When I was a kid, I was fascinated by a Fitz-Colt I saw in one of my dad's gun magazines. When John H. Fitzgerald worked for Colt in the early 1900's, the shortest barrel available from the factory was 4". Fitz made snubnoses by cutting factory barrels down to 2 1/2", 2", or even 1 1/2" lengths. He also created the first custom handguns by also bobbing the hammer spur and cutting away the front of the trigger guard (Fitz had huge hands and he coulnd't get his trigger finger inside the trigger guard when wearing gloves) for fast trigger access.
A co-worker gave me a jar of gun parts he found while cleaning out a friend's old home. There was a 2 1/2" cut and re-crowned Colt Official Police .38 barrel in the jar and that's what got me thinking about those old Fitz-Colt revolvers.
I bought a 1948 Colt Official Police .38 Special off Gunbroker (after looking for a very long time) that had a lousy barrel and a terribly worn finish. Colt made tons of these common revolvers and this one had no collector value. I didn't care about the condition of the barrel since I would be having it replaced. This gun had a tight action and functioned well.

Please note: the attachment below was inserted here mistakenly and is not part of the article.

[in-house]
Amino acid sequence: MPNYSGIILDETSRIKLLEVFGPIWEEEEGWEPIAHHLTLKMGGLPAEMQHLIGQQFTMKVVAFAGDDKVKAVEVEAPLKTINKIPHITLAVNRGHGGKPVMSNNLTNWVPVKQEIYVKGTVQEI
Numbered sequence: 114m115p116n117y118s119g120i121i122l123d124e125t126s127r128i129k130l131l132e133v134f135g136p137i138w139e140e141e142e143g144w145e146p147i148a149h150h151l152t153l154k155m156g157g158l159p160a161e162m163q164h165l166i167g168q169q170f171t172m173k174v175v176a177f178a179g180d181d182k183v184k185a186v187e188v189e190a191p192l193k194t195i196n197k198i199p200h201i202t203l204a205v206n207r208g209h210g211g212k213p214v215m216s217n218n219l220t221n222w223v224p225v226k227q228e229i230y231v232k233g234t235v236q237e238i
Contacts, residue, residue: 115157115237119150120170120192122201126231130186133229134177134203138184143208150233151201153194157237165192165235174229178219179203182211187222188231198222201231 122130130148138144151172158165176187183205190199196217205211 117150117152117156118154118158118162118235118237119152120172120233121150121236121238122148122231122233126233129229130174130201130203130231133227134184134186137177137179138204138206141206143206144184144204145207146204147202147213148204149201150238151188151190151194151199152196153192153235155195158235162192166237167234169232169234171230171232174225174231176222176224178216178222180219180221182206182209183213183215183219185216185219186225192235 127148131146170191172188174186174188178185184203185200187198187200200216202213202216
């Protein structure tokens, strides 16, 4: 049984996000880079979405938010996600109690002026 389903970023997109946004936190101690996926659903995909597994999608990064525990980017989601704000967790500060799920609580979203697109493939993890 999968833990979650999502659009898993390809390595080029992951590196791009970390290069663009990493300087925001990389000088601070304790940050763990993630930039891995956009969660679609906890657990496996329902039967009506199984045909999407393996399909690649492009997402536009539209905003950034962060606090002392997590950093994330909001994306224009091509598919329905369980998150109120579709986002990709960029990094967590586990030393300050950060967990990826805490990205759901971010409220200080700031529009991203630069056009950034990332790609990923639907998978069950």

I had an old set of Colt grips with factory medallions from the same era as the walnut factory grips that came on the Official Police. I sent those medallions to Patrick Grashorn (http://grashornsgunworks.com/) and he inserted them in a handsome set of his American Elk Stag grips.
I then turned the Fitz'ed Colt over to a local guy that does fantastic re-blueing. He doesn't want more business because he has too much already so he asked me not to put his name out on the internet. He is truly an artist and when the Colt came back, it looked just wonderful!
While the Colt was with Gouse, I looked around for a proper holster to go with the revolver. I couldn't find one that looked vintage but still covered the cut away trigger guard. Then I found Tom Dyer (http://www.saguarogunleather.com/index.html) and ordered one of his custom tooled and dyed leather holsters. I had him use silver Mercury dimes for the hardware. By pure luck, the dimes are dated 1929 and 1927 which are the years my mom and dad were born. Amazing, and it makes this whole project just that much more special to me.
sounds like you had a lot of fun with the project.
it this going to be your daily carry?
August 3, 2011, 10:17 PM